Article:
Breaking Down Pragmatic Communication Skills
Children with autism spectrum disorder (ASD) may experience delays in the area of pragmatics, also known as the rules for social language. Children may produce long and complex sentences and speak clearly but still have pragmatic language delays.
Pragmatic communication skills
There are three major communication skills associated with pragmatic language. They are:
- Using language for different purposes. For example, the language used for greetings is different from the language used for making requests.
- Changing language according to the needs of a listener or situation. When a child speaks, differently to a peer than to an adult. Adults speak differently to a peer than to a child. You may speak differently to a friend than to your boss.
- Following rules for conversations and storytelling. These rules can include staying on topic and introducing new topics appropriately.
How to help improve pragmatic communication skills
Here are some tips to help improve social language in each of the three areas discussed above.
- Using language for different purposes.
- Respond to an individual’s intended message instead of correcting errors they made in pronunciation or grammar. Then model the appropriate comment or question in your own speech.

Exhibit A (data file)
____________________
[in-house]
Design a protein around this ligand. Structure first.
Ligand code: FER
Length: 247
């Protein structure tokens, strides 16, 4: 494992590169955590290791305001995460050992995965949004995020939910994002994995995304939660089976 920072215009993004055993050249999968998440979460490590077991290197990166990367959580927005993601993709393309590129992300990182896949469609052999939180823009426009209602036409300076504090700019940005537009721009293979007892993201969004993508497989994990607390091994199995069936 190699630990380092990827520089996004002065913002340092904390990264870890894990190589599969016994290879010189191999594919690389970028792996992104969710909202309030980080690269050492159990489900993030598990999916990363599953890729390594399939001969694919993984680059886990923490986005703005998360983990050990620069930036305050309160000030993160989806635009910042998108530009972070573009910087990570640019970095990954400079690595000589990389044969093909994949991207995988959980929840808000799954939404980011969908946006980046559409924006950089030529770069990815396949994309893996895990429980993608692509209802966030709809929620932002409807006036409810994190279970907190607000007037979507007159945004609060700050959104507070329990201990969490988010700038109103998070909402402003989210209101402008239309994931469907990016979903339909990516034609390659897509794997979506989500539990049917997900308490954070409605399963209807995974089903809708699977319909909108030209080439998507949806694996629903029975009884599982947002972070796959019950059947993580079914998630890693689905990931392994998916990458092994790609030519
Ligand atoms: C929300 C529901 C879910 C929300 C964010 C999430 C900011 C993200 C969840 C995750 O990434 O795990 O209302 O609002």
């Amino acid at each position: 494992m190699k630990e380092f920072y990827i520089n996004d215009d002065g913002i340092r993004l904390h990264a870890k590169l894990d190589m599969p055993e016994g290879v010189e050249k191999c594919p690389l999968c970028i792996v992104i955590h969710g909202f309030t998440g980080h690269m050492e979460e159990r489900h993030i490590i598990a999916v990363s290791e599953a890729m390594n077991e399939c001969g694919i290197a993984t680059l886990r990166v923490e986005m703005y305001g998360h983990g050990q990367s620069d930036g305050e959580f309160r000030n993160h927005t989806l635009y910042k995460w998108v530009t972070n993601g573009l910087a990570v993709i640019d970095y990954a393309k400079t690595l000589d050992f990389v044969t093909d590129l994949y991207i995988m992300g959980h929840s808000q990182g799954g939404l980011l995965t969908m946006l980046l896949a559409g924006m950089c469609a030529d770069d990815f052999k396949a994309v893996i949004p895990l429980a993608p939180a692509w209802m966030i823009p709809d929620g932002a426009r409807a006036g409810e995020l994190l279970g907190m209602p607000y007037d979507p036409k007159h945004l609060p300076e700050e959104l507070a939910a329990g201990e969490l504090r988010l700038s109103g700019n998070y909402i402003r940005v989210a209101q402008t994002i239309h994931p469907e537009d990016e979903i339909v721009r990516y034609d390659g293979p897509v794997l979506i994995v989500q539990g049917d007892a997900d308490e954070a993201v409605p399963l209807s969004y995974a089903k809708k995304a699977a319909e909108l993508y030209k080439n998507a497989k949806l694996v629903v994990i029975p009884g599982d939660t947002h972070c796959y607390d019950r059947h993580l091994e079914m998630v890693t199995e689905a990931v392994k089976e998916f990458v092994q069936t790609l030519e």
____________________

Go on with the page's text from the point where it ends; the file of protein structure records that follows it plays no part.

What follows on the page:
- Target skills naturally. For example, practice greetings at the beginning of the day and prompt an individual to ask a peer for a desired item.
- Changing language according to the needs of a listener or situation.
- Engage in role-play. Have your child pretend to talk to different people in various settings.
- Following rules for conversations and storytelling.
- Encourage your child to make a comment on a topic before changing it.
- Encourage your child to provide visual information when they tell a story.
- Demonstrate the importance of nonverbal signals. Discuss what a listener would think if a facial expression didn’t match an emotion being expressed.
One way of addressing these types of skills is through our Social Communication Groups. Contact us to find out more about these groups and how your child can participate.